A Father Vows to Spend More Time With His Girls Facing Childhood Cancer and a Rare Disorder

Cancer in children can put so much stress on a family. But for a father in County Durham, England, having one child with childhood brain cancer and another with a rare condition made him focus all the more on one thing: spending time with his little girls.

Matt Shaw, 39, left his role as a financial analyst and unhesitatingly turned down a job offer worth more than $200,000. The reason for this was that he wanted to be near his wife, Tracy, 33, his 5-year-old child, Sophia, who is battling brain cancer, and his 3-month-old baby, Delilah, who is battling a rare condition called hyperinsulinism.

“Before this, I was booming in my career and during the pandemic I was offered a job in London that would have paid around £200,000 but I just couldn’t handle it,” he said. “The only positive thing about this whole process is that it has taught me how precious time is with my family, and to be brutally honest, I don’t know how much time I have left with them.

“You can’t put a price on the memories you make with your kids.”

His little girl, Sophia, previously beat a brain tumor diagnosis that arrived after she complained of a headache. She had successful surgery when she was only 3 years old, but now the cancer has returned in her spine.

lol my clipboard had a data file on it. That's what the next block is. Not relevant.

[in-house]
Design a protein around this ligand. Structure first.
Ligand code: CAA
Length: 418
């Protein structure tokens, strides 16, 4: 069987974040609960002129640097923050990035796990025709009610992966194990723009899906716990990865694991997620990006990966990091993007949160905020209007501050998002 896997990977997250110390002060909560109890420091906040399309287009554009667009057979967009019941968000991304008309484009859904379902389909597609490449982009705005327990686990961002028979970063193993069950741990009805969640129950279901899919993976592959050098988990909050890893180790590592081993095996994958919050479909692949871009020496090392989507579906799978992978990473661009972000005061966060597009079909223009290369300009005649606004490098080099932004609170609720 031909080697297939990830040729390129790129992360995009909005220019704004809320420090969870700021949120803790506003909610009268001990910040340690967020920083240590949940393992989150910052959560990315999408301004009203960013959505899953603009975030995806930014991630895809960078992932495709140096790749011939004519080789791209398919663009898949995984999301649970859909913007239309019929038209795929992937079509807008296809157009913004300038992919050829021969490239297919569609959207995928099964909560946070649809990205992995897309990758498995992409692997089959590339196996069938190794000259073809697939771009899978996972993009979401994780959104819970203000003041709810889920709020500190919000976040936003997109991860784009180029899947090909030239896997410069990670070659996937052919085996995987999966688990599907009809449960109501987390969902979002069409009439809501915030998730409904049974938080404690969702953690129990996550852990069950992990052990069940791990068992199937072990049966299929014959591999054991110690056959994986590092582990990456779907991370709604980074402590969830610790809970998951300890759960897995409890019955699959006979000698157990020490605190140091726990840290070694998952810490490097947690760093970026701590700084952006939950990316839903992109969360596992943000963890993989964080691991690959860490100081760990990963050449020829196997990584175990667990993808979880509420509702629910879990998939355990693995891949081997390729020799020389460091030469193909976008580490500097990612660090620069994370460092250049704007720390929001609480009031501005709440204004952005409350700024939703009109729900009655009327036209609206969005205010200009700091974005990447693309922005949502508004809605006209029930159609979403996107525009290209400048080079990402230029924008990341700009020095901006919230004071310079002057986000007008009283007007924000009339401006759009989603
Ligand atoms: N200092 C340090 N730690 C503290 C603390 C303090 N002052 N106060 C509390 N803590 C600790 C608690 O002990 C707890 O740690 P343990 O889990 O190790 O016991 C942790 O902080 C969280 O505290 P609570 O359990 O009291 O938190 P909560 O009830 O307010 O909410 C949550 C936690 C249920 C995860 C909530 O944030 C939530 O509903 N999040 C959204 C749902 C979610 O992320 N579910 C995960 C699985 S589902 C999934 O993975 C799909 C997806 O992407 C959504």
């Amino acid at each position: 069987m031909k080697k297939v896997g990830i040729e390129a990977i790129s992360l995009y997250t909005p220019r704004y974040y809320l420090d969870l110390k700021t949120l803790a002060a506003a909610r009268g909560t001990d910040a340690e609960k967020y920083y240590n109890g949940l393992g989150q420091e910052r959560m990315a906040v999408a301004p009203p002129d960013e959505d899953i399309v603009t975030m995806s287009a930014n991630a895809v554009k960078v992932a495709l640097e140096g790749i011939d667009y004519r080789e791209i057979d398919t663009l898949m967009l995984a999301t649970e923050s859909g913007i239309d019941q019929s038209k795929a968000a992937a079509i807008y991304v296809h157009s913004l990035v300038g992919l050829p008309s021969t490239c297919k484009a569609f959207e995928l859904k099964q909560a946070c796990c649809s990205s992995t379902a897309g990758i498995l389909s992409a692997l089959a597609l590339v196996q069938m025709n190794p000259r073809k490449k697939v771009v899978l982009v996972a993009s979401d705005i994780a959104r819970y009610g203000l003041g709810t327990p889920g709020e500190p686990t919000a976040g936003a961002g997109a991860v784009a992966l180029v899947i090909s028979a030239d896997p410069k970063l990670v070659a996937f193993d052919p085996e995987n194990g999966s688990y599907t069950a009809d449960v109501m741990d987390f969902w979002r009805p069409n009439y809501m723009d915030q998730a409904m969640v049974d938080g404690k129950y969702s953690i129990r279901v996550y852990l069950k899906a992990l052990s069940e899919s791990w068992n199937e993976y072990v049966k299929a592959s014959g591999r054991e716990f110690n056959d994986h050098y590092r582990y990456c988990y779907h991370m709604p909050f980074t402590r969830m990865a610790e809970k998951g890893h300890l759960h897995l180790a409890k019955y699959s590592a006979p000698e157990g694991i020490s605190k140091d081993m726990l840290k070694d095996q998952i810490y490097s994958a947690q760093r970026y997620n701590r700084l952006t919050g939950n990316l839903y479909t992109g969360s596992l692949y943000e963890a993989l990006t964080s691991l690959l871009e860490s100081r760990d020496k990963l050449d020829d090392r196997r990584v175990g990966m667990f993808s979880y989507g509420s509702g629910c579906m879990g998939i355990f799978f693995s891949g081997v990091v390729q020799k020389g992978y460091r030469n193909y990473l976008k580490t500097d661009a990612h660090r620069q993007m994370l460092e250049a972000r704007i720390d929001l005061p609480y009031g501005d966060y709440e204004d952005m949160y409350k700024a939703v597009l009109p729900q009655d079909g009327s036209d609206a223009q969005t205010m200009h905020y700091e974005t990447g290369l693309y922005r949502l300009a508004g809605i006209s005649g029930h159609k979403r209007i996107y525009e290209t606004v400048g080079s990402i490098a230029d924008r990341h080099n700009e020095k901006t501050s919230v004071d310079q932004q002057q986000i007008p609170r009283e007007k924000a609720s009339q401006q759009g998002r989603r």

Doctors have told the family it’s “just a matter of time”, but her parents are determined to keep fighting for their little girl. They’ve started a GoFundMe page to raise money for a variety of treatments that hopefully can fight cancer.

“We want to try to keep life as normal for Sophia as possible so we don’t show too much what’s happening and we have to be brave ourselves,” Shaw said. “The doctors say they can’t do anything for Sophia this time, but we refuse to accept that the cancer will win this battle.”

In addition, the family also cares for their youngest child, Delilah, as she contracted a rare disease that left her with higher than normal levels of insulin in her blood. According to The Mirror, she needs to be fed every three hours or she can become fatally weak.

“I asked the doctor what are the chances of this happening. You know the cancer comes back but in a different part of Sophia’s body and then Delilah is diagnosed with this condition,” Shaw said. “He shook his head and said ‘it’s billions to one’, he said ‘I can’t put a number on it’, one of these things that happen is rare enough in itself.”